Learning Spanish For Members

¡Ojo! 14 very useful Spanish expressions with the word eye

Alex Dunham
Alex Dunham - [email protected]
¡Ojo! 14 very useful Spanish expressions with the word eye
'¡Ese búho no te quita ojo!' - That owl won't stop looking at you! Photo: Pixabay/Pexels

They say the eyes never lie, and when it comes to the use of ‘ojo’ (eye) in Spanish there are plenty of everyday expressions which will help you become a true native speaker.


¡Ojo!: When Spaniards want to say ‘watch out!’ or ‘be careful!’, they say ¡ojo!

There’s also the idiom andarse con ojo, which implies watching your back or treading carefully. And to emphasise this even further, you can say andarse con cien ojos/mil ojos, to walk with 100 eyes or 1,000 eyes!

¡Ojo! El suelo está mojado. 

Watch out! The floor is wet.

Ándate con ojo con Jaime porque tiene fama de traidor. 

Watch your back with Jaime because he’s got a reputation for being a backstabber.



No pegar ojo: To not sleep a wink, used when you’ve been unable to sleep.

Me he pasado toda la noche en vela, no he pegado ojo. 

I’ve been up all night, I didn’t sleep a wink.



Costar un ojo de la cara: The same as saying in English ‘to cost an arm and a leg’, in the sense that something is very expensive or costly.  You can also use valer instead of costar, both mean ‘to cost’.

Pagarle los estudios a mi hijo me ha costado un ojo de la cara. 

Paying for my son's studies has cost me an arm and a leg.


Mirar por el rabillo del ojo: To look sideways or out of the corner of your eye. 

No se inmutó pero no dejaba de mirarle por el rabillo del ojo.

He didn’t bat an eyelid but he wouldn’t stop looking at him out of the corner of her eye.

Tener ojo de lince: If you’ve got a very keen and observant eye, in English you say you have an eagle eye, but in Spanish you’d say you have a lynx eye. 

María tiene ojo de lince, no se le escapa ninguna. 

María has got a real eagle eye, she doesn’t miss a thing.


En un abrir y cerrar de ojos: Literally meaning in the time it takes to open or close your eyes, this expression is not too dissimilar to its English equivalent - in the blink of an eye - when something happens very quickly. 

En un abrir y cerrar de ojos el ladrón había robado las joyas.

In the blink of an eye the thief had stolen the jewels. 


Mirar con buenos ojos: To look upon someone or something favourably, to have a soft spot for something/someone or to have a positive outlook on something.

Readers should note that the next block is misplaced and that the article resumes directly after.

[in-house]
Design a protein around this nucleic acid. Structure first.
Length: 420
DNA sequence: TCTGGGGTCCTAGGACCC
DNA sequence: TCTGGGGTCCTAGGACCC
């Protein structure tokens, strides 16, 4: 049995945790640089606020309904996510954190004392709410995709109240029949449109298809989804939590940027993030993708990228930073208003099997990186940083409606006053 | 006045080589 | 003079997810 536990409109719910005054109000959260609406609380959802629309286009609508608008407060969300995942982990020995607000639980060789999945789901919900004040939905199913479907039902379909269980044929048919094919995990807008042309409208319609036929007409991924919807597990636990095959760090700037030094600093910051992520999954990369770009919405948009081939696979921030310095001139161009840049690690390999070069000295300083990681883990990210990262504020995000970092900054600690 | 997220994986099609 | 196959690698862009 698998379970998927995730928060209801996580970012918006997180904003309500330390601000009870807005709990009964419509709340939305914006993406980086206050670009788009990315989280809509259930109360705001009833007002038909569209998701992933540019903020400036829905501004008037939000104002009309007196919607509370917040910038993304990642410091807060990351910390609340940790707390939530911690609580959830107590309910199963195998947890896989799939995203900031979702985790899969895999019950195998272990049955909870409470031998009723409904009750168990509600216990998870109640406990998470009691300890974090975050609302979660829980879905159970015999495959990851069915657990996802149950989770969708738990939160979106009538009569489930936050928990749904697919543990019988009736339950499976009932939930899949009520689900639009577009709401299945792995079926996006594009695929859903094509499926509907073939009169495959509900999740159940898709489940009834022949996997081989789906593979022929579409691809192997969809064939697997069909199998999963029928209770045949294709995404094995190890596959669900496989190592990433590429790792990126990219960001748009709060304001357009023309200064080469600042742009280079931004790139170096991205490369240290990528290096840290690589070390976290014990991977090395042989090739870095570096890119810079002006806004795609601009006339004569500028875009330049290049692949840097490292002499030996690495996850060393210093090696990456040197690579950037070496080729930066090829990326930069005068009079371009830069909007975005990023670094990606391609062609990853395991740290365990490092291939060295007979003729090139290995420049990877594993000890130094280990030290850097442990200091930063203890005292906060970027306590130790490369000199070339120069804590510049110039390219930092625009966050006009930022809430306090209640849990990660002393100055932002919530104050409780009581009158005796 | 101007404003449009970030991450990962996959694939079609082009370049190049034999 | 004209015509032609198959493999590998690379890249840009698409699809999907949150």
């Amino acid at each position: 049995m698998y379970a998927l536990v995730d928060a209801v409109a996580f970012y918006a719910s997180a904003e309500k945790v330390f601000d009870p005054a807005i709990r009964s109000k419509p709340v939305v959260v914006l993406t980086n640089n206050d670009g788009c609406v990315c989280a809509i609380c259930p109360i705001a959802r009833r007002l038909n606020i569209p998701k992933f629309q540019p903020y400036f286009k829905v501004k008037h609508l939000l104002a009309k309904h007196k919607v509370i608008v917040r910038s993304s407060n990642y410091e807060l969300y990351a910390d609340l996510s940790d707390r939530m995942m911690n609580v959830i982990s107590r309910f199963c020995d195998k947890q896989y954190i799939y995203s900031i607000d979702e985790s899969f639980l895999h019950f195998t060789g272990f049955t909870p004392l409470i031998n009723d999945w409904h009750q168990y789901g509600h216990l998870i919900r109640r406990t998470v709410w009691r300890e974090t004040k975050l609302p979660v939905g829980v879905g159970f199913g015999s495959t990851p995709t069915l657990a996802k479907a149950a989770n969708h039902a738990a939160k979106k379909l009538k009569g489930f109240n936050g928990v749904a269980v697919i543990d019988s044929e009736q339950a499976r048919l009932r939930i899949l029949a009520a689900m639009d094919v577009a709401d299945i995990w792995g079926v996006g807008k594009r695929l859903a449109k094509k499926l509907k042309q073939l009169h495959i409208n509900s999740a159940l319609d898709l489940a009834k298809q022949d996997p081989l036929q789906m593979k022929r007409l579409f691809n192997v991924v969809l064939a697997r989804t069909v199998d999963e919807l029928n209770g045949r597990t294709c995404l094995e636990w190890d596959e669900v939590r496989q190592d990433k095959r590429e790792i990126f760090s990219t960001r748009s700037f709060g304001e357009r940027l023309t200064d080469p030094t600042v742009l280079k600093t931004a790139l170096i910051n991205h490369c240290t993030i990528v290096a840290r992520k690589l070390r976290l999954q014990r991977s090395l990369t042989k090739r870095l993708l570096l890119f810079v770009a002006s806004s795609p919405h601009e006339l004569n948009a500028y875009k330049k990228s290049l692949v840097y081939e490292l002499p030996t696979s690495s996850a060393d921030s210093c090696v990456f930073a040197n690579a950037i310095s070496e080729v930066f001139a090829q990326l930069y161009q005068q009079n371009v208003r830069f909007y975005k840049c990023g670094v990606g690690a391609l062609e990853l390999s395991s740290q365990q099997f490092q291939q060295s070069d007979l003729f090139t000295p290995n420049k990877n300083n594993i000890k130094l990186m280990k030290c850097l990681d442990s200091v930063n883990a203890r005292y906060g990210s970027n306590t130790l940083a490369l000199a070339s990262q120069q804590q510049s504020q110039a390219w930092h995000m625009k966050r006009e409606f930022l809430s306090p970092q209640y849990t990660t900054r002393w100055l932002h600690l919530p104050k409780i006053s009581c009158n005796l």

El jefe te mira con buenos ojos aunque llegues tarde al trabajo.

The boss has a soft spot for you even if you’re late for work.


Ser el ojito derecho: If you’re someone’s ‘little right eye’, it means you’re the teacher’s pet. It doesn’t always have to apply to being a teacher’s favourite pupil as it can be used when referring to someone else’s preferred person. There’s also the expression la niña de sus ojos (the apple of somebody’s eye).

Margarita es el ojito derecho de la profe. 

Margarita is the teacher’s pet. 



A ojo: If you do something a ojo, it means you do it blindly or by eye or by guesswork, without knowing exactly.

Estoy calculando cuánta gente hay en la sala a ojo. 

I’m making a rough guess of how many people there are in the room.


Echarle un ojo a: ‘To throw an eye’ in Spanish means to check something out, to have a look at, to look over. It can also mean to keep an eye on or watch over someone or something.

Échale un ojo a este cuadro que he pintado. 

Have a look at this painting I’ve painted. 


Mal de ojo: Evil eye.

La gitana le echó un mal de ojo por no comprarle el romero. 

The gipsy woman cast an evil eye on her for not buying her rosemary. 


No tener ojos en la cara: ‘To not have eyes on one’s face’ actually means to not see something that’s obvious or to not pay attention or care to something. 

¿Cómo qué se ha perdido el niño? ¿Es que no tienes ojos en la cara?

What do you mean the boy is lost? Did you fall asleep at the wheel?


No quitar ojo: To stare intently at something or someone without fail. If it’s with desire, there’s also the expression comerse con los ojos a algo/alguien, to eat something or someone with the eyes.

La rubia no te quita ojo, chaval. 

The blonde girl won’t stop looking at you, man.


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